HC Deb 22 January 2004 vol 416 cc1466-7
20. Mrs. Ann Cryer (Keighley) (Lab)

If she will make a statement on steps she is taking to help Iraqi women's non-governmental organisations play a full part in the reconstruction of Iraq. [149751]

The Minister for Women and Equality (Ms Patricia Hewitt)

I am working very closely with Iraqi women's groups so that they can play a full part in the reconstruction of their country. In particular, I am supporting the establishment of the Iraqi women's higher council, which will be an umbrella organisation for women's non-governmental organisations that is intended to act as an advisory body to the new Iraqi Government.

Mrs. Cryer

Does my right hon. Friend remember that there was a time when Iraqi women, unlike those in surrounding countries, were well represented in all the professions? What steps is her Department taking to help those women to regain prominent positions, including in the leadership of the country?

Ms Hewitt

My hon. Friend is absolutely right. Decades ago, Iraq had a leading position in terms of the prominence of women and their participation in the professions and in public life, and Iraqi women want to get back to that. We have already worked hard to try to get more women into leadership positions, and they now include three members of the governing council, a Minister and four deputy Ministers, and the many women who are, I am glad to say, taking up positions on local councils. I am delighted that the Iraqi authorities have appointed their first woman ambassador to the United States. The position is improving, and there is no doubt that Iraqi women are hugely grateful for the British Government's support. However, there is a long way to go if they are really to fulfil their potential and to rebuild their country as they want to.

Sandra Gidley (Romsey) (LD)

I hope that the Minister agrees that we can learn from the lessons of the past. She will be aware of the recent article in Amnesty arguing that the international security assistance force failed to protect women, which hindered their participation in the post-conflict rebuilding process. What is she doing to ensure that we do not repeat the same mistakes in Iraq?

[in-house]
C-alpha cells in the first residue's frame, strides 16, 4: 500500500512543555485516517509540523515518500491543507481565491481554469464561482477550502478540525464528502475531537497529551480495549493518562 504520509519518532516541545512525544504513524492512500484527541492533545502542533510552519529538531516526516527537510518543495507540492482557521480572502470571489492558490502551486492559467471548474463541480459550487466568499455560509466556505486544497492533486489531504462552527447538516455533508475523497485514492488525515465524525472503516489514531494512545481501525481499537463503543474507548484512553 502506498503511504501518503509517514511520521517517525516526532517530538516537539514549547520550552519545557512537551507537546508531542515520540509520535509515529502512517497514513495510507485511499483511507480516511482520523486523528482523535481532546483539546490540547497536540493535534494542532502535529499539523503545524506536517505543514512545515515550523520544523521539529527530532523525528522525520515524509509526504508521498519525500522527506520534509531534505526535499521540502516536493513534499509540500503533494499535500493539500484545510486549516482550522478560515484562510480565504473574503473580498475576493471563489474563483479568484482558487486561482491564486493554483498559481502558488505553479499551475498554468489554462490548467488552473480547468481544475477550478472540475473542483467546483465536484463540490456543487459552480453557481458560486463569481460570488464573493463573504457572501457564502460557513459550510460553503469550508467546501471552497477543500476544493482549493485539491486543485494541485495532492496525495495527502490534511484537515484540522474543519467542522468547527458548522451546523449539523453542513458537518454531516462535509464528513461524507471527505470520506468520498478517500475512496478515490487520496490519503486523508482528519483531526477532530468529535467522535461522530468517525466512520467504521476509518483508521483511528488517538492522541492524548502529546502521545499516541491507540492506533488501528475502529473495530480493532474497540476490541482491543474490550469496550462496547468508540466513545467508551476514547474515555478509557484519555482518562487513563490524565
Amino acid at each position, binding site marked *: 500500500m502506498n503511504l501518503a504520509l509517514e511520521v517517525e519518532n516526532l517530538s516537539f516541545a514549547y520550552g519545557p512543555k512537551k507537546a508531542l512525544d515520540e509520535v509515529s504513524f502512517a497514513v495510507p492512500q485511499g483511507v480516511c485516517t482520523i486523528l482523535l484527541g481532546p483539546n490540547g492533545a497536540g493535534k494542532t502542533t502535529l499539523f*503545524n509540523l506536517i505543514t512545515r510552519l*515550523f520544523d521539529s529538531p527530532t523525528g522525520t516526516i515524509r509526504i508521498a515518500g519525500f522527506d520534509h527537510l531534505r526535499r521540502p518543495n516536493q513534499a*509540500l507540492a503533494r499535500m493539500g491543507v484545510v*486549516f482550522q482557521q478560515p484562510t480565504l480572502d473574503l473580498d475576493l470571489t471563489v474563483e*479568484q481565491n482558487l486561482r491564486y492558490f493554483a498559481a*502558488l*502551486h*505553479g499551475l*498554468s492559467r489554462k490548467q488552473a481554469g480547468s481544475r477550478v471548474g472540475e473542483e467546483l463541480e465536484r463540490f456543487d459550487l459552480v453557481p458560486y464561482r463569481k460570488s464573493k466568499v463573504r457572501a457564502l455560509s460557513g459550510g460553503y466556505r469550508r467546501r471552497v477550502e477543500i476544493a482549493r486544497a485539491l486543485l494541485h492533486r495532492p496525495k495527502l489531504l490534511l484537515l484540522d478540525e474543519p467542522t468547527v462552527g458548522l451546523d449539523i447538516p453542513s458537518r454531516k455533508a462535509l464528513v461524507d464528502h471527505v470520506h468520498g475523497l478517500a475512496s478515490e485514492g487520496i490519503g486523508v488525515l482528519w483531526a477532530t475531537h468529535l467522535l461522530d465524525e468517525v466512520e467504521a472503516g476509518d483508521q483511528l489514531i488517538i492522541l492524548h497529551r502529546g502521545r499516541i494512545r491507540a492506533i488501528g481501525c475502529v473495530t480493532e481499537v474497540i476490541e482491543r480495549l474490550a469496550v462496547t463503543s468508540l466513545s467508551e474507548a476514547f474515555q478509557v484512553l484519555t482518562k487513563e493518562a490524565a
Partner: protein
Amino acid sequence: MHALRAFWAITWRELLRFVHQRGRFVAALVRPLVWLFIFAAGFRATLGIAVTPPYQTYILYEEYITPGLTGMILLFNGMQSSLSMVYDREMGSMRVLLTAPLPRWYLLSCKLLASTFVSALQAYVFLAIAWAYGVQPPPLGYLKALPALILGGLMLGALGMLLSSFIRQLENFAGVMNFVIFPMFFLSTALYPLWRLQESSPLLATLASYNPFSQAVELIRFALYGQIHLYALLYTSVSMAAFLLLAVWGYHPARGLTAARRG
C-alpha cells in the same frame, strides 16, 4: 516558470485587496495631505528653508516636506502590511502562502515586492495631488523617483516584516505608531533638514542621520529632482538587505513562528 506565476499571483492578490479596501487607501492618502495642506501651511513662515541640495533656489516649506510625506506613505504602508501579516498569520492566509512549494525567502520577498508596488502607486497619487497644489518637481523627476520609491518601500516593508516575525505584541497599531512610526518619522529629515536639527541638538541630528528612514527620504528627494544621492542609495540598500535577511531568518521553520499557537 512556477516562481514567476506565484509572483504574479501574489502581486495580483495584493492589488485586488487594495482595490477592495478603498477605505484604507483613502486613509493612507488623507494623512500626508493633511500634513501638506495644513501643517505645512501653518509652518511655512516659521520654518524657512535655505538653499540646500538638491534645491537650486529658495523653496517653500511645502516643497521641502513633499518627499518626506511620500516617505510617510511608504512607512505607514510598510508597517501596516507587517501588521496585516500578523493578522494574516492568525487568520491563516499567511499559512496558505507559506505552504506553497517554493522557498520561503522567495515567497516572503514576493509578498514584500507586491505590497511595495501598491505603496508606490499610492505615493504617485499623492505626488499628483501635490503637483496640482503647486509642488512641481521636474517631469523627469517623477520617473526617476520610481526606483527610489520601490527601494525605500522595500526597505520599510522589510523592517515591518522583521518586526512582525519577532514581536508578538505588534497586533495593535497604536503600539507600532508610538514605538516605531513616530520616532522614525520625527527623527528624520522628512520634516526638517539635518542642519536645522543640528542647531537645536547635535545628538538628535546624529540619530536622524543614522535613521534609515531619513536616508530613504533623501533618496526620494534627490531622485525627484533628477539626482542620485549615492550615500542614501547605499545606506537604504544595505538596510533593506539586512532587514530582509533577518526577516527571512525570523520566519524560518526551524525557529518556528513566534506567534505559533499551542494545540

Ms Hewitt

I have discussed that with Iraqi women and with my right hon. Friends the Foreign Secretary and the Defence Secretary. There are security problems, particularly in Baghdad and the immediate area, that affect both men and women. Until now, it has not been possible for the security services or the emerging Iraqi police force to give the additional attention that is needed to protect women from sexual assault and rape, which many of them fear and some, unfortunately, have experienced. We have built that into the training that we are carrying out for the new Iraqi police force, and as the general security situation improves, as it will, Iraqi women will be free and able to take on more of a role in their country, as they wish to.

Ann Clwyd (Cynon Valley) (Lab)

As my right hon. Friend knows, Iraqi women have long enjoyed some of the most modern legal protections in the Muslim world. Can she assure people in this country and in Iraq that the recent decision by the governing council to introduce sharia law was a minority decision, and that there is no intention by Ambassador Bremer or anybody else to sign it into law?

Ms Hewitt

My hon. Friend has played an outstanding role in supporting the Iraqi people in their struggle against tyranny, and the House and I pay tribute to her. I agree with her about the consternation that the decision has aroused in Iraq and more broadly. We share her anxiety and are working to ensure that sharia law does not become the basis for the new constitution of Iraq.